hgazette.com, Haverhill, MA


May 9, 2013

How to successfully deal with the digestive celiac disease

The Gazette publishes occasional columns from local doctors. One appears below.

Haverhill residents have probably noticed a small store on Groveland Street across from Merrimack Valley Hospital called Just for Me Gluten Free.

The store opened in response to the needs of the many local people affected with celiac disease, a digestive disorder that occurs in reaction to gluten, a protein found in grains such as rye, barley, wheat and the hundreds of foods made with them.

When the body’s immune system reacts to gluten, it causes inflammation and destruction of the intestinal villi, finger-like projections that increase the surface area of the intestines for better absorption of nutrients.

Symptoms are numerous and similar to other disorders such as irritable bowel syndrome and lactose intolerance. Symptoms vary from person to person. Diagnosis can be comprised of several steps. A blood test for antibodies provides effective screening, which is later confirmed with a small bowel biopsy during endoscopy. Implementation of a gluten free diet with symptomatic improvement can also be suggestive of celiac disease.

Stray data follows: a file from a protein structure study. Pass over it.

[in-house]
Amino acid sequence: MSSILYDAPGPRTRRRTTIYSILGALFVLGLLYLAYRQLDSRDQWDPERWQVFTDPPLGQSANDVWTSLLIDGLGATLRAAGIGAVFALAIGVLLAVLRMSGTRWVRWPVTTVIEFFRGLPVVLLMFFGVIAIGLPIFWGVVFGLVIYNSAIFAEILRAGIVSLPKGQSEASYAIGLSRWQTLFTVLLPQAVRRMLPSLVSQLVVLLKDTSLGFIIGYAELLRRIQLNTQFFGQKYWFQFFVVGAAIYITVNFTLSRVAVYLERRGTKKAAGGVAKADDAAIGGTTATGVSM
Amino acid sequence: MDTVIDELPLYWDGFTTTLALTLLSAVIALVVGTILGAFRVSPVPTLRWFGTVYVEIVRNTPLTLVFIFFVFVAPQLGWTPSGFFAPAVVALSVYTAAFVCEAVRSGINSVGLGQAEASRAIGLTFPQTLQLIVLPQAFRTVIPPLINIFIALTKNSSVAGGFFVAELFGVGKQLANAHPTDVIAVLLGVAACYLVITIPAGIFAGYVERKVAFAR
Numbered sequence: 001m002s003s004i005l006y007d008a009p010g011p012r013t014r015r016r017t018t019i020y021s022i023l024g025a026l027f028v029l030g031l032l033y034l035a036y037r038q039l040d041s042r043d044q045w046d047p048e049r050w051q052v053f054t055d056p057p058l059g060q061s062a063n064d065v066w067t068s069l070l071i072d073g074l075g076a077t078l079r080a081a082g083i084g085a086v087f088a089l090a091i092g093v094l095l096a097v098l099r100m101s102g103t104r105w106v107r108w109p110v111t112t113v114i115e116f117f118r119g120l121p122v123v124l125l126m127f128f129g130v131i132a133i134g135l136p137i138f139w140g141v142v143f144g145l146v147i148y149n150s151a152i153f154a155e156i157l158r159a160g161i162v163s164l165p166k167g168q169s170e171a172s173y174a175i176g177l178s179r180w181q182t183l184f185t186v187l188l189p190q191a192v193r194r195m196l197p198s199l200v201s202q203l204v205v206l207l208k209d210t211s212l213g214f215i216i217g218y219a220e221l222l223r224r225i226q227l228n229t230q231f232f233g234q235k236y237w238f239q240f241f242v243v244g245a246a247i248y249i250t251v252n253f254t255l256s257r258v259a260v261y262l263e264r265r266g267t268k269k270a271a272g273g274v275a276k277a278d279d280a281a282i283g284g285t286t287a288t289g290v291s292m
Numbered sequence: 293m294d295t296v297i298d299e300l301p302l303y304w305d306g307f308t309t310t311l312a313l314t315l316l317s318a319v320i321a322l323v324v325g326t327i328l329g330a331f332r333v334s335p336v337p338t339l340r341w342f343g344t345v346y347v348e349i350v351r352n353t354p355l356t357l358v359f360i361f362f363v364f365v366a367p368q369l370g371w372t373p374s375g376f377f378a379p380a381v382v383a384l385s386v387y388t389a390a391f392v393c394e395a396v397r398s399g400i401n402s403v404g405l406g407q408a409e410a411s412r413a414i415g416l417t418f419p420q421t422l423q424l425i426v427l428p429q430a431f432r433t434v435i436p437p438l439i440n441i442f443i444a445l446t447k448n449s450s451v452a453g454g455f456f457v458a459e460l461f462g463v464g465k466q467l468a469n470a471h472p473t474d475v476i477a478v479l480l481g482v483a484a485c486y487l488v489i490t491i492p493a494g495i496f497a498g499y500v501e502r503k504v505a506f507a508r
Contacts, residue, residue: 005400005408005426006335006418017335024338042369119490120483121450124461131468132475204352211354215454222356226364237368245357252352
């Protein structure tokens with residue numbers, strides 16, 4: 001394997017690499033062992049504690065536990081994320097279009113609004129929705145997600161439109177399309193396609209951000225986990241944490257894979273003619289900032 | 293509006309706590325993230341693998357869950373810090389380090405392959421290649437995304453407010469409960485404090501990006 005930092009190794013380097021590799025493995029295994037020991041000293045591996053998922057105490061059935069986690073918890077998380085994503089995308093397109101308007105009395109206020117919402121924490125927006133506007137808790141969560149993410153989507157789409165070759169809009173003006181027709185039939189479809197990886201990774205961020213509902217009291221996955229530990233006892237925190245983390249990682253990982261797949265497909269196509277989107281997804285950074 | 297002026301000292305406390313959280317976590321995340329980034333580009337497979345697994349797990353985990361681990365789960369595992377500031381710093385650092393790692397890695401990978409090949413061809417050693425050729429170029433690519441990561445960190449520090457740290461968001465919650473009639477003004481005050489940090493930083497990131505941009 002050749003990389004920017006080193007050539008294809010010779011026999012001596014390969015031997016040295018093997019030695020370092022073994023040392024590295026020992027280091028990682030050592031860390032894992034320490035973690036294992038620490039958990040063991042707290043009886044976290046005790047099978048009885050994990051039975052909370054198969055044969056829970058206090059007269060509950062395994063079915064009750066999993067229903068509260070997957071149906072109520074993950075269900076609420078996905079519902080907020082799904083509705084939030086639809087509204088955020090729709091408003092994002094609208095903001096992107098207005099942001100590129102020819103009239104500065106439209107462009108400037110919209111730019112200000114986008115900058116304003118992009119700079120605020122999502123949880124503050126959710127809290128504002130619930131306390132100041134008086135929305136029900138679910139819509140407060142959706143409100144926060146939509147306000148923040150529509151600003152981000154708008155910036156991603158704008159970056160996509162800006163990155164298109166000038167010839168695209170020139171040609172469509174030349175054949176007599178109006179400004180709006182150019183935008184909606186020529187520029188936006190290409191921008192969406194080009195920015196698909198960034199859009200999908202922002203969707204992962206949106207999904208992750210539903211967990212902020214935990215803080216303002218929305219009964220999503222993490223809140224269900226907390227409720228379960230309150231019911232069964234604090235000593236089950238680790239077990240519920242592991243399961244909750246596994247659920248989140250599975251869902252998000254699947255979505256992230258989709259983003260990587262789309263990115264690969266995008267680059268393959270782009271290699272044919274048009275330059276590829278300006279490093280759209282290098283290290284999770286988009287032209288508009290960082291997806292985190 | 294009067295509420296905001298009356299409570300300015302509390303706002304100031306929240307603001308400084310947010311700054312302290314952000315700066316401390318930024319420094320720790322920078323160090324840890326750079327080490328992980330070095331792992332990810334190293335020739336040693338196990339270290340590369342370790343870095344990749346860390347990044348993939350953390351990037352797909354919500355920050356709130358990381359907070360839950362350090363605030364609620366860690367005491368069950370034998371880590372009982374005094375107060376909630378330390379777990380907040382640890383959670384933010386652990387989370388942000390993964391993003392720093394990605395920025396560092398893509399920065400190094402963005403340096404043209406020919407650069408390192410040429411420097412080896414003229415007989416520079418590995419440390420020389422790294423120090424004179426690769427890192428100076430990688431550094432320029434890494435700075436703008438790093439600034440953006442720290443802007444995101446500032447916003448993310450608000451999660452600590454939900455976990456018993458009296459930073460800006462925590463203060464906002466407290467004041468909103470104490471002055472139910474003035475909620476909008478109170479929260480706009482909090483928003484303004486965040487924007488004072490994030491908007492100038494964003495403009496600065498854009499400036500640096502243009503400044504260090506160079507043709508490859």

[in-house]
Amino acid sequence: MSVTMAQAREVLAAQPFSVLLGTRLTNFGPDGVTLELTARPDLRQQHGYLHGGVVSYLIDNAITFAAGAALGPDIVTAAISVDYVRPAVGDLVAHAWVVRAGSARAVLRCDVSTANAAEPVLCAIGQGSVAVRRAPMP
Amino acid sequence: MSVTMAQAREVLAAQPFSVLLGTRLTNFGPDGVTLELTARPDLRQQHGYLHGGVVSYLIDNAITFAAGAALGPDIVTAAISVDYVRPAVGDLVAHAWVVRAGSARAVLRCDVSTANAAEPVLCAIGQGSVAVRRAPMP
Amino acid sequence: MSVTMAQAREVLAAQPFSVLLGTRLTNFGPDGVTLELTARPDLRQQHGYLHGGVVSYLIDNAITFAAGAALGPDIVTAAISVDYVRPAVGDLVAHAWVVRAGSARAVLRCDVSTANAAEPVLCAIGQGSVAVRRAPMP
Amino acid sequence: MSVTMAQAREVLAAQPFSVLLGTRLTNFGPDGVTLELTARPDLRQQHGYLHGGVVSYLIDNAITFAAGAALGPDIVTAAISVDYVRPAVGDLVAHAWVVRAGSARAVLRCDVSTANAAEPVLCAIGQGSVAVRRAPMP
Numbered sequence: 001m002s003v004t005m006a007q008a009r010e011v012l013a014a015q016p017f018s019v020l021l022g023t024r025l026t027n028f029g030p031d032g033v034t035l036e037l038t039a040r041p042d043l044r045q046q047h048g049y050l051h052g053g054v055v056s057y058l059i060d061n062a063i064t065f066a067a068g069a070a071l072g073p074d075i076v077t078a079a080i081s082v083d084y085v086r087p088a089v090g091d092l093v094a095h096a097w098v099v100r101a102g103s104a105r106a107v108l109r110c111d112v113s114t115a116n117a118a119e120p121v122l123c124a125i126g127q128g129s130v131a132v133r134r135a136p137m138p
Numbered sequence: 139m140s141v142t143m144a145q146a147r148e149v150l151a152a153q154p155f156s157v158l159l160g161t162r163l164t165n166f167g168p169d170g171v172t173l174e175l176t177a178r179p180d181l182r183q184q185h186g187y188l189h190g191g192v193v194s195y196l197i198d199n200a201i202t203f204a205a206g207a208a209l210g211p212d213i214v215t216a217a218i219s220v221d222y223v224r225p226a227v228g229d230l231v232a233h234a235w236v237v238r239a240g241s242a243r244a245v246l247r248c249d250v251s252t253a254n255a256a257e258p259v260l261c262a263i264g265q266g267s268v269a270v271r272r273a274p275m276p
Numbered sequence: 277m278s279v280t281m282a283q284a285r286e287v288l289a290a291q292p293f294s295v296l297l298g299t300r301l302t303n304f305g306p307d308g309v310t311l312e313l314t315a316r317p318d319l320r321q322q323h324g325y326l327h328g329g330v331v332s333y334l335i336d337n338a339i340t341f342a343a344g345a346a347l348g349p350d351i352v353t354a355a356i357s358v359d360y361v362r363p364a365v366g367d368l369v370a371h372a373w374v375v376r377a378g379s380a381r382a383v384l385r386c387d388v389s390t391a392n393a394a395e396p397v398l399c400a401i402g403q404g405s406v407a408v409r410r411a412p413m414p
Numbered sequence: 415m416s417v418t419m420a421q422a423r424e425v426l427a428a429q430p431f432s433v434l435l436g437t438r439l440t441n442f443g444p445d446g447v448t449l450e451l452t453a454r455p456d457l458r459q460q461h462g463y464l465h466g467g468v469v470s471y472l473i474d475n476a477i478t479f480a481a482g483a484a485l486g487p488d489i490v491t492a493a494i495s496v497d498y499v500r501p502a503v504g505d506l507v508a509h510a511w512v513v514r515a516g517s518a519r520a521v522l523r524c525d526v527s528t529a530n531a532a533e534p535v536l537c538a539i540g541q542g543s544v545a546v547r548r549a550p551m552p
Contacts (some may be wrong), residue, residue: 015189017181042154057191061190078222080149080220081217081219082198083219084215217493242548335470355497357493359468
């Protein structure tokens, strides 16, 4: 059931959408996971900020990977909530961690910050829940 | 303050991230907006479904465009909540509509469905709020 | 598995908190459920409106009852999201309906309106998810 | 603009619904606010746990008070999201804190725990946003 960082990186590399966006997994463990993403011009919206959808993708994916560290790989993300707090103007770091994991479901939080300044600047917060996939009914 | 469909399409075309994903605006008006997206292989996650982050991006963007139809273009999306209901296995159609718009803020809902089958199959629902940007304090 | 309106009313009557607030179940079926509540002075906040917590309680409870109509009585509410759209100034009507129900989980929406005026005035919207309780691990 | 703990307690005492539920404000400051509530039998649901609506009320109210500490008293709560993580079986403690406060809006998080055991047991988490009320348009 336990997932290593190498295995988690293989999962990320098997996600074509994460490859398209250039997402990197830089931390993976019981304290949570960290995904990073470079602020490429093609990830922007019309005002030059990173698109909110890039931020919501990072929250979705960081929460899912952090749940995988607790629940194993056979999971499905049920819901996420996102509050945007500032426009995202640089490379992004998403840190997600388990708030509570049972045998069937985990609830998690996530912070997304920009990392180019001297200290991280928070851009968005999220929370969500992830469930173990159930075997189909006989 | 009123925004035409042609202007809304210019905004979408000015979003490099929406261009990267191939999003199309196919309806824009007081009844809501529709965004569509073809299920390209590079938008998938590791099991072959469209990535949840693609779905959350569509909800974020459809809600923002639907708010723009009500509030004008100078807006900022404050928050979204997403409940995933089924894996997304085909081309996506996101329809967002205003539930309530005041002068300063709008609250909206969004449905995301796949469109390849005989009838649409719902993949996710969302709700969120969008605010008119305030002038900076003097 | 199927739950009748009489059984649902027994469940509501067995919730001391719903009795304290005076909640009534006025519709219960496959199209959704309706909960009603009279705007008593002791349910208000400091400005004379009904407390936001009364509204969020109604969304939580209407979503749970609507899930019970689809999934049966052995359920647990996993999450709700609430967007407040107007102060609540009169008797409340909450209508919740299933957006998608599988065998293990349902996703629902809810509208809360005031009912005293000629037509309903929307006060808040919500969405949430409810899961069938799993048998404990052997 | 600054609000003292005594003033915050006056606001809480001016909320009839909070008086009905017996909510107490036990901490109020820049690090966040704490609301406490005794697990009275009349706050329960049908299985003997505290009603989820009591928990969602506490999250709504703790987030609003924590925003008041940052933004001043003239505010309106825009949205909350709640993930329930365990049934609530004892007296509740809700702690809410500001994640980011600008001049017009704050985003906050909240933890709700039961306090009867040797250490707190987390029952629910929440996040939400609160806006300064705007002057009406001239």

Celiac disease patients vary in their tolerance of gluten. Some can ingest small amounts without symptoms, while others experience severe symptoms from the tiniest amount.

The severity of symptoms is affected by factors such as how much gluten is in the patient’s diet, how much damage was done before diagnosis, and the age of the patient when gluten was first introduced.

Celiac disease is fairly common.

Based on the largest U.S. studies comprised of more than 13,000 asymptomatic patients, one in every 133 patients has celiac disease, a number that I have seen replicated in my my Haverhill practice. This number increases to one in 22 for patients with first-degree relatives diagnosed with the disease.

Celiac disease is also associated with other autoimmune disorders such as thyroid disease, type 1 diabetes, autoimmune liver disease and skin disorders.

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